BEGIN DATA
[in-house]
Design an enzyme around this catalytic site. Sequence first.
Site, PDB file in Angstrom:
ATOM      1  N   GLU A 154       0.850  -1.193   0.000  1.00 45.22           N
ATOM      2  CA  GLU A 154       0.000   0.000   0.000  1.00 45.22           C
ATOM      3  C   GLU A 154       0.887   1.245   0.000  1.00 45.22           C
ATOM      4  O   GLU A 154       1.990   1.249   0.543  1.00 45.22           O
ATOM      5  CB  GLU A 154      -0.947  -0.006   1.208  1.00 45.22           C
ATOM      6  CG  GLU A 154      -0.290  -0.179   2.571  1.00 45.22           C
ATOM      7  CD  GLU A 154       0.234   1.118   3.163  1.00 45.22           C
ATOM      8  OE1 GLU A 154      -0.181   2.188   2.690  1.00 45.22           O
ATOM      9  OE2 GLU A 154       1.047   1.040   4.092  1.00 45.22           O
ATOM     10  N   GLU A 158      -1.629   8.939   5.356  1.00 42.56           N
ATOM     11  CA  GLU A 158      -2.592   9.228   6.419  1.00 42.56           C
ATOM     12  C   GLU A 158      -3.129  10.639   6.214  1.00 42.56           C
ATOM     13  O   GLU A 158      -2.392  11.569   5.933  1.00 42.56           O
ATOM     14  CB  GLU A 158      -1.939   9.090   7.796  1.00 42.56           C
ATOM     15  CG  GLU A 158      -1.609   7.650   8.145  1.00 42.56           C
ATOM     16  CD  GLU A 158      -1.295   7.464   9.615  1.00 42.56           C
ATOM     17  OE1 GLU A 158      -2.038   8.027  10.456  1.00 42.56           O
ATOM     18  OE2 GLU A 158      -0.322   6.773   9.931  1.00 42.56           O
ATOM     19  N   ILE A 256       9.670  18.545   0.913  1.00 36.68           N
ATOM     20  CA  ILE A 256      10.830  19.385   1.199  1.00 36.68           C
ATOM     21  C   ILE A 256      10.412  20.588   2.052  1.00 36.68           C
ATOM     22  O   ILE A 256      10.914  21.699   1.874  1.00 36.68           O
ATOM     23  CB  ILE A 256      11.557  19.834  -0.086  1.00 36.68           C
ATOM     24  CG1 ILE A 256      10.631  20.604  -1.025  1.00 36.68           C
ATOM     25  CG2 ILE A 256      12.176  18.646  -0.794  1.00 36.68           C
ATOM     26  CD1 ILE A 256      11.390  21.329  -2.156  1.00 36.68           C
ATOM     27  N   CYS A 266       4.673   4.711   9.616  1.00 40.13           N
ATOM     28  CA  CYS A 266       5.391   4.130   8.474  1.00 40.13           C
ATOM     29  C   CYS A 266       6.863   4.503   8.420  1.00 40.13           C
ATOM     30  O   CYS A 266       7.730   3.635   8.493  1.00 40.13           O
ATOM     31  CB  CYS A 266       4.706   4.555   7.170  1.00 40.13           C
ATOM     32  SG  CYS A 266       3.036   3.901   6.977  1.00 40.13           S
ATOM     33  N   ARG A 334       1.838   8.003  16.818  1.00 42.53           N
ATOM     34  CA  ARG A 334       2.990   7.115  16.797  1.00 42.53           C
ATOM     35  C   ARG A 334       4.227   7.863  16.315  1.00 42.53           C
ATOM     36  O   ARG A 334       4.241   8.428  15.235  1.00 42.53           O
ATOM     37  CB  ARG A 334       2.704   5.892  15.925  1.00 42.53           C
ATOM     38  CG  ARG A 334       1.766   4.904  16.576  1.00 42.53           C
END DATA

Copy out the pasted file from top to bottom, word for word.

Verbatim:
[in-house]
Design an enzyme around this catalytic site. Sequence first.
Site, PDB file in Angstrom:
ATOM      1  N   GLU A 154       0.850  -1.193   0.000  1.00 45.22           N
ATOM      2  CA  GLU A 154       0.000   0.000   0.000  1.00 45.22           C
ATOM      3  C   GLU A 154       0.887   1.245   0.000  1.00 45.22           C
ATOM      4  O   GLU A 154       1.990   1.249   0.543  1.00 45.22           O
ATOM      5  CB  GLU A 154      -0.947  -0.006   1.208  1.00 45.22           C
ATOM      6  CG  GLU A 154      -0.290  -0.179   2.571  1.00 45.22           C
ATOM      7  CD  GLU A 154       0.234   1.118   3.163  1.00 45.22           C
ATOM      8  OE1 GLU A 154      -0.181   2.188   2.690  1.00 45.22           O
ATOM      9  OE2 GLU A 154       1.047   1.040   4.092  1.00 45.22           O
ATOM     10  N   GLU A 158      -1.629   8.939   5.356  1.00 42.56           N
ATOM     11  CA  GLU A 158      -2.592   9.228   6.419  1.00 42.56           C
ATOM     12  C   GLU A 158      -3.129  10.639   6.214  1.00 42.56           C
ATOM     13  O   GLU A 158      -2.392  11.569   5.933  1.00 42.56           O
ATOM     14  CB  GLU A 158      -1.939   9.090   7.796  1.00 42.56           C
ATOM     15  CG  GLU A 158      -1.609   7.650   8.145  1.00 42.56           C
ATOM     16  CD  GLU A 158      -1.295   7.464   9.615  1.00 42.56           C
ATOM     17  OE1 GLU A 158      -2.038   8.027  10.456  1.00 42.56           O
ATOM     18  OE2 GLU A 158      -0.322   6.773   9.931  1.00 42.56           O
ATOM     19  N   ILE A 256       9.670  18.545   0.913  1.00 36.68           N
ATOM     20  CA  ILE A 256      10.830  19.385   1.199  1.00 36.68           C
ATOM     21  C   ILE A 256      10.412  20.588   2.052  1.00 36.68           C
ATOM     22  O   ILE A 256      10.914  21.699   1.874  1.00 36.68           O
ATOM     23  CB  ILE A 256      11.557  19.834  -0.086  1.00 36.68           C
ATOM     24  CG1 ILE A 256      10.631  20.604  -1.025  1.00 36.68           C
ATOM     25  CG2 ILE A 256      12.176  18.646  -0.794  1.00 36.68           C
ATOM     26  CD1 ILE A 256      11.390  21.329  -2.156  1.00 36.68           C
ATOM     27  N   CYS A 266       4.673   4.711   9.616  1.00 40.13           N
ATOM     28  CA  CYS A 266       5.391   4.130   8.474  1.00 40.13           C
ATOM     29  C   CYS A 266       6.863   4.503   8.420  1.00 40.13           C
ATOM     30  O   CYS A 266       7.730   3.635   8.493  1.00 40.13           O
ATOM     31  CB  CYS A 266       4.706   4.555   7.170  1.00 40.13           C
ATOM     32  SG  CYS A 266       3.036   3.901   6.977  1.00 40.13           S
ATOM     33  N   ARG A 334       1.838   8.003  16.818  1.00 42.53           N
ATOM     34  CA  ARG A 334       2.990   7.115  16.797  1.00 42.53           C
ATOM     35  C   ARG A 334       4.227   7.863  16.315  1.00 42.53           C
ATOM     36  O   ARG A 334       4.241   8.428  15.235  1.00 42.53           O
ATOM     37  CB  ARG A 334       2.704   5.892  15.925  1.00 42.53           C
ATOM     38  CG  ARG A 334       1.766   4.904  16.576  1.00 42.53           C